James Edge Partington was born in 1854 in Brighton Grove, Manchester. He was educated at Rugby and qualified as a solicitor. In 1879 he embarked on a three year expedition to the Pacific. It was during this period that Edge Partington became a serious collector and ethnologist of Pacific material.
In 1883 he published his journals entitled ‘Random Rot’, outlining his activities in the Pacific. On returning to England he began working as a volunteer in the ethnographical department of the British Museum, documenting the museum’s South Sea collection. Edge Partington researched and documented private and public collections of Pacific and Maori material and published two volumes of drawings and descriptions of native Pacific Islands weapons, tools, ornaments and dress (in 1890 and 1895).
James Edge Partington married Ada Caroline Cunliffe and had a son; Thomas William Edge Partington (1883 - 1920).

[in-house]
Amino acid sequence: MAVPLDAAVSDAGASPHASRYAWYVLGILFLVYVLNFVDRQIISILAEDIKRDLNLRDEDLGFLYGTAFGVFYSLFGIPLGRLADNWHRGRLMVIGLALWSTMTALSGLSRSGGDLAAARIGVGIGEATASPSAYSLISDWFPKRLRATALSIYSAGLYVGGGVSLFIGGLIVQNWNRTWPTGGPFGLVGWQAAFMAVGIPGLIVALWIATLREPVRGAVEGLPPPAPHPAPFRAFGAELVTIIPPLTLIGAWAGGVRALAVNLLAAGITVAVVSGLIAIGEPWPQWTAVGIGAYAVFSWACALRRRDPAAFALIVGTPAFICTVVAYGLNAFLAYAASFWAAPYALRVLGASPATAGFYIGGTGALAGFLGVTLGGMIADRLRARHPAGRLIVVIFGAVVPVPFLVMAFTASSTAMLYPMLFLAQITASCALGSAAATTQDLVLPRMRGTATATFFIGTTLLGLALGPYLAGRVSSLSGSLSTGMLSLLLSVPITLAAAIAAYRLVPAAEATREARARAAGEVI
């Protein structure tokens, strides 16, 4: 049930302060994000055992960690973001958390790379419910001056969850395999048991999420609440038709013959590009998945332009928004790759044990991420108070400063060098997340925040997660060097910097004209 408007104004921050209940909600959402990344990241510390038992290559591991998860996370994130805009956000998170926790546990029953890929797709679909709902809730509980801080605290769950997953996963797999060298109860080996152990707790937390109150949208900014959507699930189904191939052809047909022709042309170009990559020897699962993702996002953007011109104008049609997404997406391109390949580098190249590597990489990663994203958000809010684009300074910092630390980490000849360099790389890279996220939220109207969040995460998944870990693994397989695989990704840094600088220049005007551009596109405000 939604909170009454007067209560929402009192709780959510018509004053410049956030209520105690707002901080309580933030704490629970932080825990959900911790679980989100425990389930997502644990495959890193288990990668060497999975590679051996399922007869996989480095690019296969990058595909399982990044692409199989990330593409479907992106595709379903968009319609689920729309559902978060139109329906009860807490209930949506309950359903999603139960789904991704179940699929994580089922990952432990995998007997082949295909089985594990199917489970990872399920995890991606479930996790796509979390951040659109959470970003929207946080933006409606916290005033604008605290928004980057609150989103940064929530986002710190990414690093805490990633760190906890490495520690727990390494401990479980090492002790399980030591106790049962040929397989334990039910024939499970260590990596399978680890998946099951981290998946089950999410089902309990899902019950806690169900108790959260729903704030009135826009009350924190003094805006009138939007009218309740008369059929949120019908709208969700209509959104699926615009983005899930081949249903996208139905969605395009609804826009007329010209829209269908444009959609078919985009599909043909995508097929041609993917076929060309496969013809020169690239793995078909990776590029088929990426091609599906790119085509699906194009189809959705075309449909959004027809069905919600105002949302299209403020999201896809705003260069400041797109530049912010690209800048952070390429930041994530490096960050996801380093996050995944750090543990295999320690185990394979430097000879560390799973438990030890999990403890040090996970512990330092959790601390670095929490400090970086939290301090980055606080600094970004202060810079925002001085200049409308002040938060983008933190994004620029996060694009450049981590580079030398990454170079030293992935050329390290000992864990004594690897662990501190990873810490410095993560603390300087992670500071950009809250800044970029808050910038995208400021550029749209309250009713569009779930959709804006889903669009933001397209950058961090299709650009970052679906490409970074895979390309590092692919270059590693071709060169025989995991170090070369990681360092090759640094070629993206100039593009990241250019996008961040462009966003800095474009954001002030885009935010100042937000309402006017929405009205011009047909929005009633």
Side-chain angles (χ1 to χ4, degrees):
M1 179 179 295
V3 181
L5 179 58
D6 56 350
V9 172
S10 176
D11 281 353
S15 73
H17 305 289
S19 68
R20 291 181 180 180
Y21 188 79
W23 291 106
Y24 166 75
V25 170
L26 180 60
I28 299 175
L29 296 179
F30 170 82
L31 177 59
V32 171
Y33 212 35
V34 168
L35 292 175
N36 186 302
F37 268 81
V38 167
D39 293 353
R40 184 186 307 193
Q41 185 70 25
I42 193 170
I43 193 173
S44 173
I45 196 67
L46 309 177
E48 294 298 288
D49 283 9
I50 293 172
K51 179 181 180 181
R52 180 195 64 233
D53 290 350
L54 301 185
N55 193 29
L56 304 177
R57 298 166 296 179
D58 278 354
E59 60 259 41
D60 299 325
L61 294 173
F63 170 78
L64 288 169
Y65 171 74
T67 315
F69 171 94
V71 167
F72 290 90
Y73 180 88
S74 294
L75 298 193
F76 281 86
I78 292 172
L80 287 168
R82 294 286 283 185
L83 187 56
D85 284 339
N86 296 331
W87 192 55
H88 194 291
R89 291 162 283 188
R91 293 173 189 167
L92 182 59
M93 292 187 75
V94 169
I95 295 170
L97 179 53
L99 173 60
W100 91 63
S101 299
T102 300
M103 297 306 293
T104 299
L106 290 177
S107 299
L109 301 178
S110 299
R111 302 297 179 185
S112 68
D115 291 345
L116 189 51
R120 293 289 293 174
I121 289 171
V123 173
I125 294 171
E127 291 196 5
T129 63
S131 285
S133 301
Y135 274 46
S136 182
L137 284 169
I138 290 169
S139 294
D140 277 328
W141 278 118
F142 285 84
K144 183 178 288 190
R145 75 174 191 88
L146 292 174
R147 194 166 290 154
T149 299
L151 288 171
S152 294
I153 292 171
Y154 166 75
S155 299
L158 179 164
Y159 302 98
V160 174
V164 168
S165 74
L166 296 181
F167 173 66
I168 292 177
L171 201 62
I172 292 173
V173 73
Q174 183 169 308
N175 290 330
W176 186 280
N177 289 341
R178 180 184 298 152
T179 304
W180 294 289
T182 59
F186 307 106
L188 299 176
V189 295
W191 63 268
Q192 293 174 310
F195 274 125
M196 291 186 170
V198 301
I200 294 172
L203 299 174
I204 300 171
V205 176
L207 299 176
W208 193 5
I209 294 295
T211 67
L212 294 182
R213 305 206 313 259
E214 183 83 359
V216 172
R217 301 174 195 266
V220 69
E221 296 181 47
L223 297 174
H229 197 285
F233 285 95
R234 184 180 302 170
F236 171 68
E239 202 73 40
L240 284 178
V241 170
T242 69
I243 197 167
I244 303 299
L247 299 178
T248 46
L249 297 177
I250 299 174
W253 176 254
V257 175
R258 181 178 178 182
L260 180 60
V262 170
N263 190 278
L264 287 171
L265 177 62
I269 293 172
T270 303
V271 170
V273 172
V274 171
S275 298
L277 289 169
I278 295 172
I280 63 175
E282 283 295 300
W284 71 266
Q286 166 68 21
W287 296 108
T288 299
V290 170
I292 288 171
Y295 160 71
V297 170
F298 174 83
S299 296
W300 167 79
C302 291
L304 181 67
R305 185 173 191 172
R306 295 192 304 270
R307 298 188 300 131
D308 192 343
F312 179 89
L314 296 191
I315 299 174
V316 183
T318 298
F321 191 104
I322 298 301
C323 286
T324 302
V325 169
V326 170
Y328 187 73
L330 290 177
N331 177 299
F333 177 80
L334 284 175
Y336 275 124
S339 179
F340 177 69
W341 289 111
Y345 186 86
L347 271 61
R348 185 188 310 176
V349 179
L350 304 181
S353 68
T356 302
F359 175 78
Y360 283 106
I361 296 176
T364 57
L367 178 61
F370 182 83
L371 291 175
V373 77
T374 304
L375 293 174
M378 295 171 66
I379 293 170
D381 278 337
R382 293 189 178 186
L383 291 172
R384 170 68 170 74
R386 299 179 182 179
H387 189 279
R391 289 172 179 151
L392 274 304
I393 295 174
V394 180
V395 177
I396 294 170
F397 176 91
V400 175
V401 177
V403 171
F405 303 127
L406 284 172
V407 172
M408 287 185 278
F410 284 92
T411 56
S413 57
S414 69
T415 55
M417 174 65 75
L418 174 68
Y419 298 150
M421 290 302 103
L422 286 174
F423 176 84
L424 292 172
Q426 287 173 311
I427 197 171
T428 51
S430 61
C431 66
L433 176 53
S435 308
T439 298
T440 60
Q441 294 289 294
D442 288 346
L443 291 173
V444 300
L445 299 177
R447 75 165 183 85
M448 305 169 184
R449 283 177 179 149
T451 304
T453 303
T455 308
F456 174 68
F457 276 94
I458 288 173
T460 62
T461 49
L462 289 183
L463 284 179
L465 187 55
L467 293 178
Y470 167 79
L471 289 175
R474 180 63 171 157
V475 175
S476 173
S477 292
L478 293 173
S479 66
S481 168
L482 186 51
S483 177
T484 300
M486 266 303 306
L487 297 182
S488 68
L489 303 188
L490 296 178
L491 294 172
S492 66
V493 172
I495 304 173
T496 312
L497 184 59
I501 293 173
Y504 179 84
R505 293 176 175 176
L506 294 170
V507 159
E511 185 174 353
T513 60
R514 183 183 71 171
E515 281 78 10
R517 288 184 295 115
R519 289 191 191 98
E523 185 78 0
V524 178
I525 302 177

Edge Partington undertook a second Pacific voyage which produced further publications (1889) and further extended his research and collection activities. He amassed a large collection of photographs relating to the pacific (now in the British Museum) and was a frequent contributor to the Journal of the Royal Anthropological Institute (then known as MAN).
Artefacts collected by Edge Partington are found in collections all over the world, particularly in New Zealand, England, and Australia. After his death many items went to the the British Museum. The remaining collection was acquired by the Auckland Museum, New Zealand.
academic, anthropologist and collector (1854 -1930)